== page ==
A low-cost solid-state NAS with power-loss protection
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Improvement on the dc-dc converter-based design, with a second MOSFET to drive the enable line.
asc - 6.81 kB - 12/01/2019 at 09:58
Version which uses a dc-dc switcher module (with ENable) instead a P-chan MOSFET.
asc - 5.91 kB - 11/15/2019 at 15:53
Updated to use actual MOSFETs I intend to use. The low gate voltages do make a difference to the choice of parts...
asc - 4.67 kB - 11/04/2019 at 15:52
Two days ago the worst thing happened: I tried to access the NAS over the network and couldn't.
I could log in to OMV ok, and interrogated the setup only to discover both Main and Backup filesystems weren't mounted (or mountable) and even the disks themselves were there one minute and gone the next. Everything was very flaky for a while before eventually I had nothing. Occasionally one disk could be mounted for a few seconds and then gone again.
Suspecting (wishing?) the SATA-to-USB adaptors to be the cause, I plugged one of the disks directly into my Windows PC to discover a perfectly healthy disk with an empty, unformatted partition! Eeeeeek! Thankfully, after some searching, it seems Windows doesn't like something about Linux partitions - something to do with GPT, EFI, or whatever...
Plugging the disk, via the duff adaptors, into an old Linux laptop I have confirmed it: one of adaptors did pretty much nothing, the other one repeatedly power-cycled the disk - as evidenced by dmesg logs. For a brief moment, it actually worked, the disk mounted ok and I saw my files! Phew! ...and then it was gone again.
So, two new (much more expensive, branded and guaranteed) SATA-to-USB adaptors later, and everything is back to normal. The lesson: don't buy £5 adaptors from eBay - they are cheap crap that don't work for long.
[PS. I cracked open the case to find a board with a chip marked "JMS578". Comparing the markings on the chip and on-line photos of the genuine JMicron part makes me think this chip is a fake - the typeface isn't the same and it's been laser-etched on. Maybe I'm just paranoid.]
Two months ago I changed around how the power supply works and completely forgot to document it here! Oooops. So, better late than never, here it is:
You can see a new bit of Veroboard with a couple of MOSFETs on to do the signalling, the red board is an 'ideal diode' module from eBay, and the blue board is a modified dc-dc converter module.
The net result is that the voltage regulation is now much better, and the NAS has been performing faultlessly ever since - despite numerous unexpected power cuts.
The LM2596-based module I bought is, of course, a fake. Apart from the dodgy laser-etched case markings, the switching frequency is only 55kHz instead of 150kHz. So now I have to find a real LM2596 and transplant it onto the board, or else risk the fake part not quite being reliable enough.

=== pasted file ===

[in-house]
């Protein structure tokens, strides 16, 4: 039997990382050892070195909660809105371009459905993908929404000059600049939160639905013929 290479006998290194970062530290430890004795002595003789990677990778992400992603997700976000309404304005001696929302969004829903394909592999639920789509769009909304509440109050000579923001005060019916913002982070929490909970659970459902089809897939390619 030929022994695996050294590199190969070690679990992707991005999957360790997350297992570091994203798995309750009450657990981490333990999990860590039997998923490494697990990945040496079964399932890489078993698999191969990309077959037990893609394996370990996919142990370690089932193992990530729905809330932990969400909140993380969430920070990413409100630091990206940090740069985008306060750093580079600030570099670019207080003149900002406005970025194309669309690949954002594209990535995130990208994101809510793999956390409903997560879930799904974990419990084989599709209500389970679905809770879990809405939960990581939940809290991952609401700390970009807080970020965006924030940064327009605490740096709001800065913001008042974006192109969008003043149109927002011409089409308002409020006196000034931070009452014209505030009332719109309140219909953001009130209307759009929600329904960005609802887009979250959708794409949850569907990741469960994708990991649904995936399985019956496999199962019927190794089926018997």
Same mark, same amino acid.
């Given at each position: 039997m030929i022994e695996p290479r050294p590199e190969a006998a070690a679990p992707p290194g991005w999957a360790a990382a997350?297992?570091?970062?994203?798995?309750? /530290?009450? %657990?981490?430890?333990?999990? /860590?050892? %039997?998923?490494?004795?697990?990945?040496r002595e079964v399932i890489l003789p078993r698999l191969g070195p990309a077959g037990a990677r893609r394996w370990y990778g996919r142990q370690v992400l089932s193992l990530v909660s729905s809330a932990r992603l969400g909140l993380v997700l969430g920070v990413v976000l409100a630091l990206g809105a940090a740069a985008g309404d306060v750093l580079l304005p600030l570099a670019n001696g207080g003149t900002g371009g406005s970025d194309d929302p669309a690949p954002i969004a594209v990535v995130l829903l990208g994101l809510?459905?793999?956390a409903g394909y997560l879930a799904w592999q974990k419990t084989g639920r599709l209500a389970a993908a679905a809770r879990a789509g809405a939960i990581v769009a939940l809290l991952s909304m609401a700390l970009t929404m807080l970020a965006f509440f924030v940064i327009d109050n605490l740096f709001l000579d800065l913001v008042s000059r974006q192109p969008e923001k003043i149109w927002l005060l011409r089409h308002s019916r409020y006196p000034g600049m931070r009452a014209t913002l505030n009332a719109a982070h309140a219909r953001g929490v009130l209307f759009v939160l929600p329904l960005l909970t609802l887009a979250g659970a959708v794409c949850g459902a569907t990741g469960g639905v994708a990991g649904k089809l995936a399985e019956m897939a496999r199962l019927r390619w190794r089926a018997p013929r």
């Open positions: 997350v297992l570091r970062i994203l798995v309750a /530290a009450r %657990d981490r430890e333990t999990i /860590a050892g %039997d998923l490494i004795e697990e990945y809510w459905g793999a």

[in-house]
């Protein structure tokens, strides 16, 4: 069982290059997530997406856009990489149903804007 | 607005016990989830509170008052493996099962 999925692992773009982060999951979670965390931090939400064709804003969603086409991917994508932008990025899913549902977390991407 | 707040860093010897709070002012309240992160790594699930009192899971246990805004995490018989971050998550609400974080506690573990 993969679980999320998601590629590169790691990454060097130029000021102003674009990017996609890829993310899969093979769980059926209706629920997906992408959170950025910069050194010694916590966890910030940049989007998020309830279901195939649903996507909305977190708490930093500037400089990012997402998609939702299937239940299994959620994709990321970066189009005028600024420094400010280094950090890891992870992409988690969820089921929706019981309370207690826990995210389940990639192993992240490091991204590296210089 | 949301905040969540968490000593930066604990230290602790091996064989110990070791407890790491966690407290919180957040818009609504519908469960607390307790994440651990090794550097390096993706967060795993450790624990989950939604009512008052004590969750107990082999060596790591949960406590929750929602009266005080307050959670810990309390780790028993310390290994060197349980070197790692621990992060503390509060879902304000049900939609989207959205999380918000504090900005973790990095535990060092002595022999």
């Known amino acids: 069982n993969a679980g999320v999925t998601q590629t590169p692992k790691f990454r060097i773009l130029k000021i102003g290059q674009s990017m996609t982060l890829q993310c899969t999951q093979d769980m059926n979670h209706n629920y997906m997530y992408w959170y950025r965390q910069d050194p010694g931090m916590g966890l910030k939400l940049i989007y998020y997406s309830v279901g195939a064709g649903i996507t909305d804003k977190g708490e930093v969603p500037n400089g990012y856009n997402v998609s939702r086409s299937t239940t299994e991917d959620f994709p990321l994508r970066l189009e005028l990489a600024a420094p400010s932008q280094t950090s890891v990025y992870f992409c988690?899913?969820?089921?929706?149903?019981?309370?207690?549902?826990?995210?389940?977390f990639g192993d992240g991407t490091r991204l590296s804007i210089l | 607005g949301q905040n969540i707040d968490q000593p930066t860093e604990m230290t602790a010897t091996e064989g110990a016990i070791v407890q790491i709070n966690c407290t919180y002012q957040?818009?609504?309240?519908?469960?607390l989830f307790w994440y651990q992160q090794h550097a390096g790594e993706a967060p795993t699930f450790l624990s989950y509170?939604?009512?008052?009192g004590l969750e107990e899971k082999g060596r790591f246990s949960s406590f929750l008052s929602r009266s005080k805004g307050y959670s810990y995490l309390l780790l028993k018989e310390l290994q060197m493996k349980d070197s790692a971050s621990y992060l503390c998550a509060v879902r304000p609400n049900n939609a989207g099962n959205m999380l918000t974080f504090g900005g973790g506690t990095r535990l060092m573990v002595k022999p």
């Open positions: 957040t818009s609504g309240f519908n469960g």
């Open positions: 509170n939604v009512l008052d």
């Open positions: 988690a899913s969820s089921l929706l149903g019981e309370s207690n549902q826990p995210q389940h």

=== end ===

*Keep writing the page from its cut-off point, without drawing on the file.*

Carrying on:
In the meantime, I've increased the main PSU voltage by a couple of 100mV, and now the RPi is quite happy and doesn't have as many low-voltage warnings.
Maybe I'll park the 'upgrade' idea for a while and see if I still need it...
The Cheap-O-NAS has been running great for the last few weeks, and I've no major complaints. However, it's not quite perfect. A couple of times, I've pulled the power and it hasn't shut down properly and ended up flattening the batteries completely. And on one occasion it didn't boot up properly.
The immediate problem is that the voltage regulation (for the main supply and the battery backup) is quite poor, so the Pi is regularly detecting low-voltage conditions, especially when the disks are thrashed. This can't be healthy, and probably leads to all sorts of odd, unexpected conditions arising.
The solution is to re-architect the supply circuit, putting a dedicated 5V dc-dc supply right next to the Pi, and powering it all from a much higher voltage (e.g. 12V). A suitable switcher has been identified, only requiring a minor modification to bring its nENABLE pin off the board, so that the supply can be shut down. The whole circuit is much simpler than before, only requiring two transistors and five resistors (plus the supply OR-ing diodes).
I managed to 3D print a case with aluminium sheet lid and base. All the bits fit neatly inside with only connectors for power and ethernet - sweet.
Success at last.
The latest incarnation of the circuit seems to be much better: the signals to/from the Pi are now separated and behave themselves, and the dc-dc converter is definitely off (<1uA current) normally.
The 3 second delay prior to shutting down still isn't working, but maybe that's an OS problem that will eventually get fixed in some later update... For now, I think it's safe to use as a NAS will real data on it!
I've now got an 'ideal diode' module, so will try swapping it for the main Schottky so that the supply voltage doesn't bump up and down so much with load current.
I've found that with a screen plugged into the HDMI output, when pulling the power the RPi instantly reboots. Without a screen, the RPi correctly shuts down cleanly as intended by the gpio-shutdown overlay. No observable difference can be seen in the 'scope traces of the power supply for these two situations, so the rebooting is not being caused by my power management circuit, I don' think.
- why the heck should having an HDMI screen plugged in make any difference?!
...works and the Pi drives it from high to low after shut down. But